Veteran UAE businessman and cricket aficionado Shyam Bhatia is used to having the biggest names in the history of the game visit his private museum in Jumeirah, Dubai, which houses one of the finest collections of cricket memorabilia in the world.
But it looks like the Shyam Bhatia Museum might soon be visited by sporting royalty outside cricket.
Roger Federer enjoyed a memorable weekend at the Dubai Duty Free Tennis Championship, reaching the landmark of 100 tour-level titles after defeating Stefanos Tsitsipas in the final. 37-year-old Federer joined Jimmy Connors as the only two players to win 100 tour-level titles in the open era.
Bhatia was present at the Aviation Club to witness the historic occasion. And what made the weekend even more special was his interaction with the Swiss icon on Friday where Bhatia not only presented Federer a copy of his book ‘Portraits of the Game’, but also invited Federer to his museum.
“It was a special weekend. I got to meet Roger Federer and presented him my book ‘Portraits of the Game’. He enquired about the book and said he liked the illustrations. I invited Federer to my museum and he said he will visit with his kids,” Bhatia told Sport360.
Bhatia had met Federer three years back at the Dubai Duty Free Championship and this time he got an opportunity have a detailed interaction.
Swiss icon Federer and cricket have crossed paths in the past. Indian batting icons Sachin Tendulkar and Virat Kohli have met Federer during tournaments while the Indian team presented him a jersey during the 2015 World Cup.
Apart from appreciating the history of cricket at the museum, Bhatia aims to exchange ideas about his Cricket For Care programme – that provides kits to children in various countries – with Federer.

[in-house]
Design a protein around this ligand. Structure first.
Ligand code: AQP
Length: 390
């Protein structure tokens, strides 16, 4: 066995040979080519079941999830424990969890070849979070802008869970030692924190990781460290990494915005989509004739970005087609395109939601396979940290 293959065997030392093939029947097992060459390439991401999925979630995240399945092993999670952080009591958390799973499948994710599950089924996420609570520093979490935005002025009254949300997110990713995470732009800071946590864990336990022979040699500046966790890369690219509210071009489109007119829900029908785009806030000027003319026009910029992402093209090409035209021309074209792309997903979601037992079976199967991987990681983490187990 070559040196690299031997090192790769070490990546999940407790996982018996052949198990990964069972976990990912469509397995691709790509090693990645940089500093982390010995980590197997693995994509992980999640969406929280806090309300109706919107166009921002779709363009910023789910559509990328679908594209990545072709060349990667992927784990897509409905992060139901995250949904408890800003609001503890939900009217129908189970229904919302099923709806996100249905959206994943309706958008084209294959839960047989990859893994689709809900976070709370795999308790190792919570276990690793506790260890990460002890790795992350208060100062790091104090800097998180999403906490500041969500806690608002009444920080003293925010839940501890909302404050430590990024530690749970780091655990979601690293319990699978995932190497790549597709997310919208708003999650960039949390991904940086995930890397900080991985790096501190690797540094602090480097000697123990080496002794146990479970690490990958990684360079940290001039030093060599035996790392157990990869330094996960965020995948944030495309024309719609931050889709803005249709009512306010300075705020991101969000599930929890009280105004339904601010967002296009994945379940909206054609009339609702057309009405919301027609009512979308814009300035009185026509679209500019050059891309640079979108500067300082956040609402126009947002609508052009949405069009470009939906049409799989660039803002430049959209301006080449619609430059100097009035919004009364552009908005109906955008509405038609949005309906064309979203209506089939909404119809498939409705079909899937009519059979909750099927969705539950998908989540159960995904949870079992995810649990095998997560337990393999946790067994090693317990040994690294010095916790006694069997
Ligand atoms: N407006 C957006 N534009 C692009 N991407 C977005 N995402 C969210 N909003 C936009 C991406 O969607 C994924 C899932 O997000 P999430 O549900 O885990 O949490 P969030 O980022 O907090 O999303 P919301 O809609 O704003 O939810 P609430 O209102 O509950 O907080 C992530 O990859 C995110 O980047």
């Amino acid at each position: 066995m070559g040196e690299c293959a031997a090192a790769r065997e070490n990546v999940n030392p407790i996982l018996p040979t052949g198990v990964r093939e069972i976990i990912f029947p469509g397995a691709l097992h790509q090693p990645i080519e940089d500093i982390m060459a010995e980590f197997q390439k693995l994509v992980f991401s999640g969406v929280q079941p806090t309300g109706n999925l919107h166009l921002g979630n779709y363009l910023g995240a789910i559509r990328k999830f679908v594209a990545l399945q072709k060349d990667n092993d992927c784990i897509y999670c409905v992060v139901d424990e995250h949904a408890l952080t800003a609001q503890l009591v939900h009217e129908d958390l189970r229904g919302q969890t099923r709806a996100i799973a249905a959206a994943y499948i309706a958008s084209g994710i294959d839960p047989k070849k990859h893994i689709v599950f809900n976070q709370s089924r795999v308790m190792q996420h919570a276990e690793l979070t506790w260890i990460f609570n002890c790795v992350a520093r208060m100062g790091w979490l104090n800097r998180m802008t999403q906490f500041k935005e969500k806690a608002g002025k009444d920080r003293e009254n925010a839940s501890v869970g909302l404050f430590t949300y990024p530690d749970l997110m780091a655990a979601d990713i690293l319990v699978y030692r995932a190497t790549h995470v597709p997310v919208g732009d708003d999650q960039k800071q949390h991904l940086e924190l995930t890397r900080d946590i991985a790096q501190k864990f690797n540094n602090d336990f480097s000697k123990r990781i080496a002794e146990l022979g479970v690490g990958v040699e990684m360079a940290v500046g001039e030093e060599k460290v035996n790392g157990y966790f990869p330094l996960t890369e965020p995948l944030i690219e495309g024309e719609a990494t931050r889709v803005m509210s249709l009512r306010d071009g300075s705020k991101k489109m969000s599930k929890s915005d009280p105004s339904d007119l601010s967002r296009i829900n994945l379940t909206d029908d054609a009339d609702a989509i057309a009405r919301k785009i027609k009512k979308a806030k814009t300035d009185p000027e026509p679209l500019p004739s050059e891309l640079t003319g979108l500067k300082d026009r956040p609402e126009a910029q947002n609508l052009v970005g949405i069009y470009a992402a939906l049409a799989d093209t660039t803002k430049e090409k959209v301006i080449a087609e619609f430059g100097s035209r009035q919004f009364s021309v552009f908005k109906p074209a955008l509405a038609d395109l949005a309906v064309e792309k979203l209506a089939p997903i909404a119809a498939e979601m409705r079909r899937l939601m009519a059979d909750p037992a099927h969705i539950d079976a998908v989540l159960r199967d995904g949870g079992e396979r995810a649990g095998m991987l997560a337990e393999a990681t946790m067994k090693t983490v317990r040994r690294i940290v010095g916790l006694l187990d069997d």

For the record, the Roger Federer Foundation supports education projects in six countries in southern Africa.
The latest battle of big servers at the O2 resulted in a 7-6 (5) 6-3 victory for German Zverev, ending Isner’s debut in the tournament at the group stage.
After 40 minutes of hammering their 130mph-plus missiles past each other, the first set went to a predictable tie-break which Zverev edged.
Dropping that set meant Isner knew he would be eliminated, but the American battled on gamely until Zverev eked out the match’s solitary break of serve in the eighth game of the second set before sealing victory.
The dream final match-up between Federer and Novak Djokovic at London’s O2 remains a tantalising prospect, but not if 21-year-old hot-shot Zverev has his way.
“It’s obviously great getting to the semi-finals. But the tournament isn’t over,” he said.
“I am in the semi-finals. There’s only good opponents left. There’s only the best in the world.
“I’m playing Roger, which is going to be a very difficult but hopefully very nice match. We’ll see how far I can go.”
World number one Djokovic will face South African debutant Kevin Anderson, the man he beat in this year’s Wimbledon final, in the other semi-final.
Roger Federer‘s career isn’t quite done yet, but at 37, he’s close enough to the end of the road that he can take a look back on just how far he’s come.
The 20-time Grand Slam winner has played against multiple generations during his stellar run, and now he’s the one who the younger players all say they looked up to.
“I understand if they call me old. In life, I’m still young, but as a tennis player I’m definitely on the older side,” Federer said.
See Federer’s full comments in the video below.